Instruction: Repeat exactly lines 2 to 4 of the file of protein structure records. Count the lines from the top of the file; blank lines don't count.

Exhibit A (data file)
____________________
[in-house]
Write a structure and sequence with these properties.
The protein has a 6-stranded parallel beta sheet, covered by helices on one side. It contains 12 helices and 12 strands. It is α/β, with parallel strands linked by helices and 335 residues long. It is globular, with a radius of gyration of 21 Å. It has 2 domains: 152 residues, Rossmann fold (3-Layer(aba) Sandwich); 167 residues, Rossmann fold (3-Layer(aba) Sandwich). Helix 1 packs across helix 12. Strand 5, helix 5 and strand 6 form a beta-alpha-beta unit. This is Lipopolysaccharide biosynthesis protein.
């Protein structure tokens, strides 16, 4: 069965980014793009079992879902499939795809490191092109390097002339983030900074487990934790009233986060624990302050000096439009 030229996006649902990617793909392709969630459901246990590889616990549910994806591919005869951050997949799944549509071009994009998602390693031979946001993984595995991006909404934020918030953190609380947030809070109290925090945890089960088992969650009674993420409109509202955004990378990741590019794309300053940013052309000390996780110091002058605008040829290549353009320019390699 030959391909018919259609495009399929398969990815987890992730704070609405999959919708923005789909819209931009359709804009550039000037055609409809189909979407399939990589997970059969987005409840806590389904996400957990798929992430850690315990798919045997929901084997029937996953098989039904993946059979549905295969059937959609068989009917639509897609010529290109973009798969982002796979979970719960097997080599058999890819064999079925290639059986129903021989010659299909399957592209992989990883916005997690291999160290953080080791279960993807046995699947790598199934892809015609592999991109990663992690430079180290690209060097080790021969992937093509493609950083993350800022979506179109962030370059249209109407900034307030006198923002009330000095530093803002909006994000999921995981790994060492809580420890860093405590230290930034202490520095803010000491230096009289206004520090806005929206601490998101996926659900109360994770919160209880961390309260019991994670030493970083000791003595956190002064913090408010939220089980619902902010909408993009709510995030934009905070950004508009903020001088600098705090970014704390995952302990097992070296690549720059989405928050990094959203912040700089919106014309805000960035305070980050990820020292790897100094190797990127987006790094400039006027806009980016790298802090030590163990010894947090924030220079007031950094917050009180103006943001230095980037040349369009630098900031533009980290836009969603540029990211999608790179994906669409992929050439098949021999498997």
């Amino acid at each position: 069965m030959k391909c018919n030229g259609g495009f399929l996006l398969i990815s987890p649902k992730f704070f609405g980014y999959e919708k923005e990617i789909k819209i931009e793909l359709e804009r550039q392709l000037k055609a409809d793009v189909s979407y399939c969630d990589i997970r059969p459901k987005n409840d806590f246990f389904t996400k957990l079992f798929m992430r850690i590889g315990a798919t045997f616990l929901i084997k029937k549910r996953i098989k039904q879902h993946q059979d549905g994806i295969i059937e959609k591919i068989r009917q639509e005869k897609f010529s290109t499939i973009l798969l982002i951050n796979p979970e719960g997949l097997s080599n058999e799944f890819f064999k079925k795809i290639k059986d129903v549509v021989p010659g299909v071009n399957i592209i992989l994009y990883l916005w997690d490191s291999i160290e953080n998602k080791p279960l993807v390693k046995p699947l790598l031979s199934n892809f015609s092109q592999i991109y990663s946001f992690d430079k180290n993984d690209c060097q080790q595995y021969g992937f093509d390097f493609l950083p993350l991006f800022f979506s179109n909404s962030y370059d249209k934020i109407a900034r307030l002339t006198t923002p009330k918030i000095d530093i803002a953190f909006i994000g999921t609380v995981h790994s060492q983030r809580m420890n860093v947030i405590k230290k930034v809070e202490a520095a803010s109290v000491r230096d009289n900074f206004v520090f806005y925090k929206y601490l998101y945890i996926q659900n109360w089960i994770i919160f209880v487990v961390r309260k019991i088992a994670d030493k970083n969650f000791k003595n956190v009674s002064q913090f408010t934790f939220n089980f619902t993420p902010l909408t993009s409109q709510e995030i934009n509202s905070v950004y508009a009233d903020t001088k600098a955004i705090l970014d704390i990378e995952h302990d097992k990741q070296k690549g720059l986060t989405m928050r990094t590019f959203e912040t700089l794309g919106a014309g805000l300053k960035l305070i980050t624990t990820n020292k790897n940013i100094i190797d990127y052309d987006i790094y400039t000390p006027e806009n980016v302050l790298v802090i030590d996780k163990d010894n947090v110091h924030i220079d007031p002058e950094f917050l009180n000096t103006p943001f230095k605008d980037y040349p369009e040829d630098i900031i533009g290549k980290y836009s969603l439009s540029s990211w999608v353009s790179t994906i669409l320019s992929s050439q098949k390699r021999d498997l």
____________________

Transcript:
Write a structure and sequence with these properties.
The protein has a 6-stranded parallel beta sheet, covered by helices on one side. It contains 12 helices and 12 strands. It is α/β, with parallel strands linked by helices and 335 residues long. It is globular, with a radius of gyration of 21 Å. It has 2 domains: 152 residues, Rossmann fold (3-Layer(aba) Sandwich); 167 residues, Rossmann fold (3-Layer(aba) Sandwich). Helix 1 packs across helix 12. Strand 5, helix 5 and strand 6 form a beta-alpha-beta unit. This is Lipopolysaccharide biosynthesis protein.
């Protein structure tokens, strides 16, 4: 069965980014793009079992879902499939795809490191092109390097002339983030900074487990934790009233986060624990302050000096439009 030229996006649902990617793909392709969630459901246990590889616990549910994806591919005869951050997949799944549509071009994009998602390693031979946001993984595995991006909404934020918030953190609380947030809070109290925090945890089960088992969650009674993420409109509202955004990378990741590019794309300053940013052309000390996780110091002058605008040829290549353009320019390699 030959391909018919259609495009399929398969990815987890992730704070609405999959919708923005789909819209931009359709804009550039000037055609409809189909979407399939990589997970059969987005409840806590389904996400957990798929992430850690315990798919045997929901084997029937996953098989039904993946059979549905295969059937959609068989009917639509897609010529290109973009798969982002796979979970719960097997080599058999890819064999079925290639059986129903021989010659299909399957592209992989990883916005997690291999160290953080080791279960993807046995699947790598199934892809015609592999991109990663992690430079180290690209060097080790021969992937093509493609950083993350800022979506179109962030370059249209109407900034307030006198923002009330000095530093803002909006994000999921995981790994060492809580420890860093405590230290930034202490520095803010000491230096009289206004520090806005929206601490998101996926659900109360994770919160209880961390309260019991994670030493970083000791003595956190002064913090408010939220089980619902902010909408993009709510995030934009905070950004508009903020001088600098705090970014704390995952302990097992070296690549720059989405928050990094959203912040700089919106014309805000960035305070980050990820020292790897100094190797990127987006790094400039006027806009980016790298802090030590163990010894947090924030220079007031950094917050009180103006943001230095980037040349369009630098900031533009980290836009969603540029990211999608790179994906669409992929050439098949021999498997």